Purpose: Automatic labeling of vertebrae in CT is a valuable capability for more quantitative diagnostic analysis, interventional planning, and an independent check against wrong-level surgery or radiosurgery. We propose a novel neural network approach (Ortho2D) that operates on 2D orthogonal slices of a 3D image to aggregate, localize, and classify features of interest, thereby avoid memory bottlenecks associated with fully 3D networks and enabling operation on higher resolution datasets.
Methods: Ortho2D uses two independent Faster R-CNN networks to label vertebrae in sagittal and coronal CT slices. The centroids of 2D detection bounding boxes are clustered in 3D to detect vertebrae centroids, identify the anatomical region (cervical, thoracic, lumbar, or sacral), and identify the individual vertebral levels therein. A post-process sorting method incorporates the confidence in network output to refine classifications and reduce outliers. Ortho2D was evaluated on a publicly available dataset containing 302 normal and pathological spine CT images. The labeling accuracy and memory requirements were assessed in comparison to other methods recently reported in literature. The approach was extended to higher resolution CT data to investigate potential improvements in accuracy.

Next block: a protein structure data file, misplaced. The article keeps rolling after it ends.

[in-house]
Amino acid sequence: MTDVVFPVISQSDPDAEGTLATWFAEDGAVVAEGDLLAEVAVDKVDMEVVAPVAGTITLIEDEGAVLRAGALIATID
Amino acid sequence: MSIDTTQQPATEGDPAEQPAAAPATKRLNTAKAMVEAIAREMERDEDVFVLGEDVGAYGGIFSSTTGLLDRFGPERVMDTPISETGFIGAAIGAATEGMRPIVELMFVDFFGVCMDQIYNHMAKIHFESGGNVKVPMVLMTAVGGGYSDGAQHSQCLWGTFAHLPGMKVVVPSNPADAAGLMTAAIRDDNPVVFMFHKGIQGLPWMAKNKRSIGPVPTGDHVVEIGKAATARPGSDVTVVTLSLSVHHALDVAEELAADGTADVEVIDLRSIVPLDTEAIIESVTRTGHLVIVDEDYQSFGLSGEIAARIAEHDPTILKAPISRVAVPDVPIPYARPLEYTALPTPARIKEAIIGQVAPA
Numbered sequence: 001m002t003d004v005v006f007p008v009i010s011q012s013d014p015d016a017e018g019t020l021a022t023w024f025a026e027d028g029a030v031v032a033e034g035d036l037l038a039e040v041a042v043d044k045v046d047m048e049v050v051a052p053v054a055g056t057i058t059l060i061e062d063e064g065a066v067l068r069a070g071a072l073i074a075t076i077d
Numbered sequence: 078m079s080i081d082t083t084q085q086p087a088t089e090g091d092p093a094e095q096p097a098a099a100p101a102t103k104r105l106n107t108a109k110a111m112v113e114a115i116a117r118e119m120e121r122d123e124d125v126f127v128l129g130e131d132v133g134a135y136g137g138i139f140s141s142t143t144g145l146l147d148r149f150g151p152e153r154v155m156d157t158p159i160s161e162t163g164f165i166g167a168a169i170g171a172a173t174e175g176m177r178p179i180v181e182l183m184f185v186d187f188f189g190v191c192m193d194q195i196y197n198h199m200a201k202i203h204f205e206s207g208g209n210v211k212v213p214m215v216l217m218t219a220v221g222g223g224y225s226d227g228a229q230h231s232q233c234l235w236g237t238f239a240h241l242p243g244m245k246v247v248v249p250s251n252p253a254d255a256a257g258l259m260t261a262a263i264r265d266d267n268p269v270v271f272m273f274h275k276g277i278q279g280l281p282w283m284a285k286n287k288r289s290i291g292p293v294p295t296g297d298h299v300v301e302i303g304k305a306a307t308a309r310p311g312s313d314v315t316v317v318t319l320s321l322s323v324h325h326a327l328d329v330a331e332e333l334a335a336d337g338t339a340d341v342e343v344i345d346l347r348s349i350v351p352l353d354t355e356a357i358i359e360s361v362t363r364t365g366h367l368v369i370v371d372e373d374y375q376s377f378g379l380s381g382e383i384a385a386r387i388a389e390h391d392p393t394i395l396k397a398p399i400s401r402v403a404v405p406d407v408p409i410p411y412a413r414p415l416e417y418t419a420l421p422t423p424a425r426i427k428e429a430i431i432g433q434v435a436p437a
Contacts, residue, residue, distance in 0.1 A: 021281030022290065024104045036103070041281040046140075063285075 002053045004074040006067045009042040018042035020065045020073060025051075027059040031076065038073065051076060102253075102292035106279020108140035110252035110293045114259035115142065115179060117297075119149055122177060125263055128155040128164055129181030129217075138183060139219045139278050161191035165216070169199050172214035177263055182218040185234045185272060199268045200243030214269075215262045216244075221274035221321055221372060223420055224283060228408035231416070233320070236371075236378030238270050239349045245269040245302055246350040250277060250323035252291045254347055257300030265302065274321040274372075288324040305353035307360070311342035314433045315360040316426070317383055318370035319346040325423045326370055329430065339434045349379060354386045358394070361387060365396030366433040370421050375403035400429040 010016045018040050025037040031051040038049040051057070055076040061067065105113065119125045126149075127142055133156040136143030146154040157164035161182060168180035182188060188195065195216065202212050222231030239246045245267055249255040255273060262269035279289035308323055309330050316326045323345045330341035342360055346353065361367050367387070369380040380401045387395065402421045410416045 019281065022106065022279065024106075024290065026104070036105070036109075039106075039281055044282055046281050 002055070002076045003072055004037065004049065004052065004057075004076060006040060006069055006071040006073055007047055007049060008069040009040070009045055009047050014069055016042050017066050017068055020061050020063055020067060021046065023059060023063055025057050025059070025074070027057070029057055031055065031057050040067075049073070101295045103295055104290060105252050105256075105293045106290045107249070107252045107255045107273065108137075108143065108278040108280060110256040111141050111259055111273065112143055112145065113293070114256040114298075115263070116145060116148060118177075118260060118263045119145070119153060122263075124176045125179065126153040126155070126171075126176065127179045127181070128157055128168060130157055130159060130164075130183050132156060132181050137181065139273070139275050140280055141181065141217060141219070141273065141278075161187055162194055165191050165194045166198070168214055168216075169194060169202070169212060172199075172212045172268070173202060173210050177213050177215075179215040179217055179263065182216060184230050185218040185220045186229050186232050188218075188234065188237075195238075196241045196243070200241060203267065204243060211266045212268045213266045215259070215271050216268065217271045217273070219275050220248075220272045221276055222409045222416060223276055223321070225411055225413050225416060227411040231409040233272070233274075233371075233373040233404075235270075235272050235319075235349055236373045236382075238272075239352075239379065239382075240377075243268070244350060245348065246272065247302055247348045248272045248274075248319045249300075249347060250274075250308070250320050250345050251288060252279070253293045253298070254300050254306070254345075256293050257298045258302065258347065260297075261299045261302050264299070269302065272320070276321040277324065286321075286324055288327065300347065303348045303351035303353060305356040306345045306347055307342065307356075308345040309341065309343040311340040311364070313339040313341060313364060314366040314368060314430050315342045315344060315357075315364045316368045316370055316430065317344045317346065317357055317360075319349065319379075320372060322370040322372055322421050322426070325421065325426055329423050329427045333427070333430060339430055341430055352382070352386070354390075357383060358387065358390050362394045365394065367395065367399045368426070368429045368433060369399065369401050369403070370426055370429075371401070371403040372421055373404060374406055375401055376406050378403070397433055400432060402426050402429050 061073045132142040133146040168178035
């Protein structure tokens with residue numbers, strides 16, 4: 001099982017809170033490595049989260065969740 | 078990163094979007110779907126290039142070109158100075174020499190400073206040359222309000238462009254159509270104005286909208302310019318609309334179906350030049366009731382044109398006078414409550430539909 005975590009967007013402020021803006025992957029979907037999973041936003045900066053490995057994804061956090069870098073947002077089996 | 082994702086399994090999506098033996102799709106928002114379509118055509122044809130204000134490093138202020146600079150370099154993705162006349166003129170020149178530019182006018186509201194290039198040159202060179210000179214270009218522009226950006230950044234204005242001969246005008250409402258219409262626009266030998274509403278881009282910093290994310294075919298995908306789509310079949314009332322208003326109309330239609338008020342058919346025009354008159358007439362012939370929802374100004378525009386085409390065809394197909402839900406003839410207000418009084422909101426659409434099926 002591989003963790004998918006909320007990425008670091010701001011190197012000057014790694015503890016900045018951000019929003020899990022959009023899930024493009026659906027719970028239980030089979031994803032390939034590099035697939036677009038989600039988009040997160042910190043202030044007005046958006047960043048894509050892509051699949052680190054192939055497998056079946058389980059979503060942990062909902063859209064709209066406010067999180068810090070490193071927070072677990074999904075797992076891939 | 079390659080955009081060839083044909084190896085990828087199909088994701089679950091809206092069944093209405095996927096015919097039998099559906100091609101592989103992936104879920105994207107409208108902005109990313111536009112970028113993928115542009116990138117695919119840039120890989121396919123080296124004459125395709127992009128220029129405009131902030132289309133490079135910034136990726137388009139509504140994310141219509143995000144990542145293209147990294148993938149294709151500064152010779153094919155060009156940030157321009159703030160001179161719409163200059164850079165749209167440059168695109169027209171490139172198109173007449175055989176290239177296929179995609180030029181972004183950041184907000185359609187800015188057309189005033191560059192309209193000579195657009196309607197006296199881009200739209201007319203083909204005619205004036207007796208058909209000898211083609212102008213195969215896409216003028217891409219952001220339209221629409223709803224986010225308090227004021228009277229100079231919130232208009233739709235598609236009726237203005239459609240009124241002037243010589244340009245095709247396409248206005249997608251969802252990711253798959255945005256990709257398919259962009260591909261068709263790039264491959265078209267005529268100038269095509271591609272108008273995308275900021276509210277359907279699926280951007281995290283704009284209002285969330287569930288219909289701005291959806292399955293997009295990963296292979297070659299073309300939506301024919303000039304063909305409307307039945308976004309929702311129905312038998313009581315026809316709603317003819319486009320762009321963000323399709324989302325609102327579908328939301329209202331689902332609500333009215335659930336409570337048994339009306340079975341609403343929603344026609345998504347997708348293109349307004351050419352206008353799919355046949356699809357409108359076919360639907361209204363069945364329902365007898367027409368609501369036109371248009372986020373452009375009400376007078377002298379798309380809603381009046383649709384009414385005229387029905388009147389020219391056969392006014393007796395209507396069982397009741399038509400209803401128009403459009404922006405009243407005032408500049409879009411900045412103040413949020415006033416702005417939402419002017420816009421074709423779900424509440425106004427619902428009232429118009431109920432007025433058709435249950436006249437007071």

Results: Ortho2D achieved vertebrae detection accuracy of 97.1%, region identification accuracy of 94.3%, and individual vertebral level identification accuracy of 91.0%. Ortho2D met or exceeded the performance of previously reported 2D and 3D labeling methods and reduced memory consumption by a factor of ~50 (at 1 mm voxel size) compared to a 3D U-Net. Extension of Ortho2D to higher resolution datasets than normally afforded by fully 3D networks demonstrated a 15% boost in labeling accuracy by virtue of improved memory efficiency and the ability to operate on high-resolution data.
Conclusion: The Ortho2D method achieved vertebrae labeling performance comparable to other recently reported methods with significant reduction in memory consumption, permitting further performance boosts via application to high-resolution CT.
Funding Support, Disclosures, and Conflict of Interest: This research was supported by academic-industry partnership with Medtronic (Littleton MA, USA).